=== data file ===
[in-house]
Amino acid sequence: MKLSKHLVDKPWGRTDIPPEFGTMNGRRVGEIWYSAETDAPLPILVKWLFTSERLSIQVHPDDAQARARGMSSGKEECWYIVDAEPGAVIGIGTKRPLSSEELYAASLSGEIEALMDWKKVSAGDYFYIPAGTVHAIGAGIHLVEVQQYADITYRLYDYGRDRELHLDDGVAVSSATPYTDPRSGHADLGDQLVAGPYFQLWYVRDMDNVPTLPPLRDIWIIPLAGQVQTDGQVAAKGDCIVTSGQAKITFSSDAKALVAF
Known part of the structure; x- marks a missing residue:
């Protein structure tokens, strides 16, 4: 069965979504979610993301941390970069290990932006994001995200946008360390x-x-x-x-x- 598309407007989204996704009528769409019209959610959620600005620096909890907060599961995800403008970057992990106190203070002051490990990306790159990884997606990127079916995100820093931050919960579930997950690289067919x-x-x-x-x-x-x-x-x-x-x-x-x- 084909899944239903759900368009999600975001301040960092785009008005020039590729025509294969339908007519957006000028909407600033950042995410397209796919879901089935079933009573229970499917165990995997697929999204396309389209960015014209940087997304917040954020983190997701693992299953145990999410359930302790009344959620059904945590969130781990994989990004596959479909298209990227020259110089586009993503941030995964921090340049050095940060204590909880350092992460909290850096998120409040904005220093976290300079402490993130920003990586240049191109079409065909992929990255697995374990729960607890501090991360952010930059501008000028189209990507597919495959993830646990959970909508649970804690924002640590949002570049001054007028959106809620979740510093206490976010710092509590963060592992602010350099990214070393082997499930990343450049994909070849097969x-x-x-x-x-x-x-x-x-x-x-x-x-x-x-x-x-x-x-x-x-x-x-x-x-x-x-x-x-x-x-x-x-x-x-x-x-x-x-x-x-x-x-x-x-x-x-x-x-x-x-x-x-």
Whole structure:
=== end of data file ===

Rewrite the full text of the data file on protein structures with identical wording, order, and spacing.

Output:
[in-house]
Amino acid sequence: MKLSKHLVDKPWGRTDIPPEFGTMNGRRVGEIWYSAETDAPLPILVKWLFTSERLSIQVHPDDAQARARGMSSGKEECWYIVDAEPGAVIGIGTKRPLSSEELYAASLSGEIEALMDWKKVSAGDYFYIPAGTVHAIGAGIHLVEVQQYADITYRLYDYGRDRELHLDDGVAVSSATPYTDPRSGHADLGDQLVAGPYFQLWYVRDMDNVPTLPPLRDIWIIPLAGQVQTDGQVAAKGDCIVTSGQAKITFSSDAKALVAF
Known part of the structure; x- marks a missing residue:
């Protein structure tokens, strides 16, 4: 069965979504979610993301941390970069290990932006994001995200946008360390x-x-x-x-x- 598309407007989204996704009528769409019209959610959620600005620096909890907060599961995800403008970057992990106190203070002051490990990306790159990884997606990127079916995100820093931050919960579930997950690289067919x-x-x-x-x-x-x-x-x-x-x-x-x- 084909899944239903759900368009999600975001301040960092785009008005020039590729025509294969339908007519957006000028909407600033950042995410397209796919879901089935079933009573229970499917165990995997697929999204396309389209960015014209940087997304917040954020983190997701693992299953145990999410359930302790009344959620059904945590969130781990994989990004596959479909298209990227020259110089586009993503941030995964921090340049050095940060204590909880350092992460909290850096998120409040904005220093976290300079402490993130920003990586240049191109079409065909992929990255697995374990729960607890501090991360952010930059501008000028189209990507597919495959993830646990959970909508649970804690924002640590949002570049001054007028959106809620979740510093206490976010710092509590963060592992602010350099990214070393082997499930990343450049994909070849097969x-x-x-x-x-x-x-x-x-x-x-x-x-x-x-x-x-x-x-x-x-x-x-x-x-x-x-x-x-x-x-x-x-x-x-x-x-x-x-x-x-x-x-x-x-x-x-x-x-x-x-x-x-």
Whole structure: